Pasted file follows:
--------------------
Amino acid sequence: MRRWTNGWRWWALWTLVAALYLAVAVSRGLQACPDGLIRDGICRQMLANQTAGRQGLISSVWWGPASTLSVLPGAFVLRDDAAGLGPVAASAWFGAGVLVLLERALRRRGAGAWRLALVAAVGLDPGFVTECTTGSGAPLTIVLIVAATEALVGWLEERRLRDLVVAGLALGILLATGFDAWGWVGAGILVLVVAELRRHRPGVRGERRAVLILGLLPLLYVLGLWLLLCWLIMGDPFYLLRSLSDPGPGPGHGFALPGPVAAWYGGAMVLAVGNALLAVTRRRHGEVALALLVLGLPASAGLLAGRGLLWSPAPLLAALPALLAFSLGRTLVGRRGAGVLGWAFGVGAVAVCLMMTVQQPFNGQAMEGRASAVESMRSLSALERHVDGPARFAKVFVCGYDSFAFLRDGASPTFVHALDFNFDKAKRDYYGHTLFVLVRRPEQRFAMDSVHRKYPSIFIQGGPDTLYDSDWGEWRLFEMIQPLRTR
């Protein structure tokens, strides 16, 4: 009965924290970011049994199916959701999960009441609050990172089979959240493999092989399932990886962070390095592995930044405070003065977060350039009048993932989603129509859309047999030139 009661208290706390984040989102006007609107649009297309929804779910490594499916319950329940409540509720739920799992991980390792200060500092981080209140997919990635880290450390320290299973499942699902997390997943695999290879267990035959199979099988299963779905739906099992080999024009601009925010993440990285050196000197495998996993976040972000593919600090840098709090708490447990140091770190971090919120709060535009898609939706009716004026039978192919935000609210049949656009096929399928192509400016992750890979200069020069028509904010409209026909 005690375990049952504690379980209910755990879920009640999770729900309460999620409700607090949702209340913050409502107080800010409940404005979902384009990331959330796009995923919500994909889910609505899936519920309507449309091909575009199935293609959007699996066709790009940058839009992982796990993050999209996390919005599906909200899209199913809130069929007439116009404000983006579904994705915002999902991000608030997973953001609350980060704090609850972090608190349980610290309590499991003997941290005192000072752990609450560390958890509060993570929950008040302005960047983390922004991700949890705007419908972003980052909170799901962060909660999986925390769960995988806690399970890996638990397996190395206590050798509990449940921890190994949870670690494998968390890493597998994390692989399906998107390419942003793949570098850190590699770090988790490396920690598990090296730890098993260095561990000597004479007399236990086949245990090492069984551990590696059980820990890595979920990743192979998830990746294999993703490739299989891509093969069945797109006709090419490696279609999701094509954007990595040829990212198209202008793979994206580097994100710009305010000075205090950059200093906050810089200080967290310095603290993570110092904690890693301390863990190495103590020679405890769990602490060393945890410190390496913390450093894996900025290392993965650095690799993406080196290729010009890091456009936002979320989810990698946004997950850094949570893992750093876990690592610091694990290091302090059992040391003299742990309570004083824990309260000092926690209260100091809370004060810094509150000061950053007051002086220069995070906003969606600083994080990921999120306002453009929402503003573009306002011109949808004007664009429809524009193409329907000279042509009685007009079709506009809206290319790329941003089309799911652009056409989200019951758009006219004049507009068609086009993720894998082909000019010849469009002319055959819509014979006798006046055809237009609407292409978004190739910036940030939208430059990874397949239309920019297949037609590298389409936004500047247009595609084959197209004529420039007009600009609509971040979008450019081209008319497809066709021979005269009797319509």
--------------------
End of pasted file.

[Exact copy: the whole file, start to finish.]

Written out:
Amino acid sequence: MRRWTNGWRWWALWTLVAALYLAVAVSRGLQACPDGLIRDGICRQMLANQTAGRQGLISSVWWGPASTLSVLPGAFVLRDDAAGLGPVAASAWFGAGVLVLLERALRRRGAGAWRLALVAAVGLDPGFVTECTTGSGAPLTIVLIVAATEALVGWLEERRLRDLVVAGLALGILLATGFDAWGWVGAGILVLVVAELRRHRPGVRGERRAVLILGLLPLLYVLGLWLLLCWLIMGDPFYLLRSLSDPGPGPGHGFALPGPVAAWYGGAMVLAVGNALLAVTRRRHGEVALALLVLGLPASAGLLAGRGLLWSPAPLLAALPALLAFSLGRTLVGRRGAGVLGWAFGVGAVAVCLMMTVQQPFNGQAMEGRASAVESMRSLSALERHVDGPARFAKVFVCGYDSFAFLRDGASPTFVHALDFNFDKAKRDYYGHTLFVLVRRPEQRFAMDSVHRKYPSIFIQGGPDTLYDSDWGEWRLFEMIQPLRTR
């Protein structure tokens, strides 16, 4: 009965924290970011049994199916959701999960009441609050990172089979959240493999092989399932990886962070390095592995930044405070003065977060350039009048993932989603129509859309047999030139 009661208290706390984040989102006007609107649009297309929804779910490594499916319950329940409540509720739920799992991980390792200060500092981080209140997919990635880290450390320290299973499942699902997390997943695999290879267990035959199979099988299963779905739906099992080999024009601009925010993440990285050196000197495998996993976040972000593919600090840098709090708490447990140091770190971090919120709060535009898609939706009716004026039978192919935000609210049949656009096929399928192509400016992750890979200069020069028509904010409209026909 005690375990049952504690379980209910755990879920009640999770729900309460999620409700607090949702209340913050409502107080800010409940404005979902384009990331959330796009995923919500994909889910609505899936519920309507449309091909575009199935293609959007699996066709790009940058839009992982796990993050999209996390919005599906909200899209199913809130069929007439116009404000983006579904994705915002999902991000608030997973953001609350980060704090609850972090608190349980610290309590499991003997941290005192000072752990609450560390958890509060993570929950008040302005960047983390922004991700949890705007419908972003980052909170799901962060909660999986925390769960995988806690399970890996638990397996190395206590050798509990449940921890190994949870670690494998968390890493597998994390692989399906998107390419942003793949570098850190590699770090988790490396920690598990090296730890098993260095561990000597004479007399236990086949245990090492069984551990590696059980820990890595979920990743192979998830990746294999993703490739299989891509093969069945797109006709090419490696279609999701094509954007990595040829990212198209202008793979994206580097994100710009305010000075205090950059200093906050810089200080967290310095603290993570110092904690890693301390863990190495103590020679405890769990602490060393945890410190390496913390450093894996900025290392993965650095690799993406080196290729010009890091456009936002979320989810990698946004997950850094949570893992750093876990690592610091694990290091302090059992040391003299742990309570004083824990309260000092926690209260100091809370004060810094509150000061950053007051002086220069995070906003969606600083994080990921999120306002453009929402503003573009306002011109949808004007664009429809524009193409329907000279042509009685007009079709506009809206290319790329941003089309799911652009056409989200019951758009006219004049507009068609086009993720894998082909000019010849469009002319055959819509014979006798006046055809237009609407292409978004190739910036940030939208430059990874397949239309920019297949037609590298389409936004500047247009595609084959197209004529420039007009600009609509971040979008450019081209008319497809066709021979005269009797319509």